Heidegger and the narrativity debate

Continental Philosophy Review 43 (2):241-265 (2010)
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Abstract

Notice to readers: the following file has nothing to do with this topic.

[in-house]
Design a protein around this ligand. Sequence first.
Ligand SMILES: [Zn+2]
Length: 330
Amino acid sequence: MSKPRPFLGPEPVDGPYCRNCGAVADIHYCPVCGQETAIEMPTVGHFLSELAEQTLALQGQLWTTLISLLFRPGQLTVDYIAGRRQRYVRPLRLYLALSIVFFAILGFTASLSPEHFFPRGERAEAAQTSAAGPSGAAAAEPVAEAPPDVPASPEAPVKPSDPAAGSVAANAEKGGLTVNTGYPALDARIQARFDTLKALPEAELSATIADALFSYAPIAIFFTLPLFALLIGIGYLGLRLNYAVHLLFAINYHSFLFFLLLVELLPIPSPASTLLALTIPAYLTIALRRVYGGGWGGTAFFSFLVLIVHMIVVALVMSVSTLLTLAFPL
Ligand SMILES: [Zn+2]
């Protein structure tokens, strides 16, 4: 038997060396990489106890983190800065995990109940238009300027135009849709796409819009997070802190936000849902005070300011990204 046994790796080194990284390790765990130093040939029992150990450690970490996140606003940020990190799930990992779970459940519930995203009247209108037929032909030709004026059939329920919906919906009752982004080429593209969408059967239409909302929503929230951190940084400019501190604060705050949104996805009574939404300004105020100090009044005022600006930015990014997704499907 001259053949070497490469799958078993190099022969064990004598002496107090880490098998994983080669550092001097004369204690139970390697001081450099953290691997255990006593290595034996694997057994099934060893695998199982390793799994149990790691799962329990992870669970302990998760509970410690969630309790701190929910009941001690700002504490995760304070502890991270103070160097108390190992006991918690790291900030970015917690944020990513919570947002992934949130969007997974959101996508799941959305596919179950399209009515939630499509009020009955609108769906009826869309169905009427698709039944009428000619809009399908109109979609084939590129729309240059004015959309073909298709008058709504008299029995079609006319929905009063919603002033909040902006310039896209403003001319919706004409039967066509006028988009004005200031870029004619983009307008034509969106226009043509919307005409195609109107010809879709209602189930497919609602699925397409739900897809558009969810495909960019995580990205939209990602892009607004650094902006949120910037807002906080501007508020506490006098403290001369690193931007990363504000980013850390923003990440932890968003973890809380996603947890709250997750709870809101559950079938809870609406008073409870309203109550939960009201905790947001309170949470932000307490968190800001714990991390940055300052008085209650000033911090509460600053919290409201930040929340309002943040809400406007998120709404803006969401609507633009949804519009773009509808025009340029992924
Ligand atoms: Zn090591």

One unresolved dispute within Heidegger scholarship concerns the question of whether Dasein should be conceived in terms of narrative self-constitution. A survey of the current literature suggests two standard responses. The first correlates Heidegger’s talk of authentic historicality with that of self-authorship. To the alternative perspective, however, Heidegger’s talk of Dasein’s existentiality, with its emphasis on nullity and unattainability, is taken as evidence that Dasein is structurally and ontologically incapable of being completed via any life-project. Narrativity imports into Being and Time commitments concerning temporality, selfhood, and ethics, which Heidegger rejects. Although both positions find good exegetic support for their conclusions, they can’t both be right. In this article, I navigate a path between these two irreconcilable positions by applying insights derived from recent debates within Anglo-American literature on personal identity. I develop an alternative thesis to Narrativism, without rejecting it outright, by arguing that Dasein can be analysed in terms of what I call narratability conditions. These allow us to make sense of the prima facie paradoxical notion of historicality without narrativity. Indeed, rather than reconciling the two standard positions, I hold that the tension between them says something important about Dasein’s kind of existence. Thus I conclude that while the narrativist question Who ought I to be? is perfectly legitimate within limits, what the existential analysis of the limits on narratability reveals is that no answer to this question can ever be definitive

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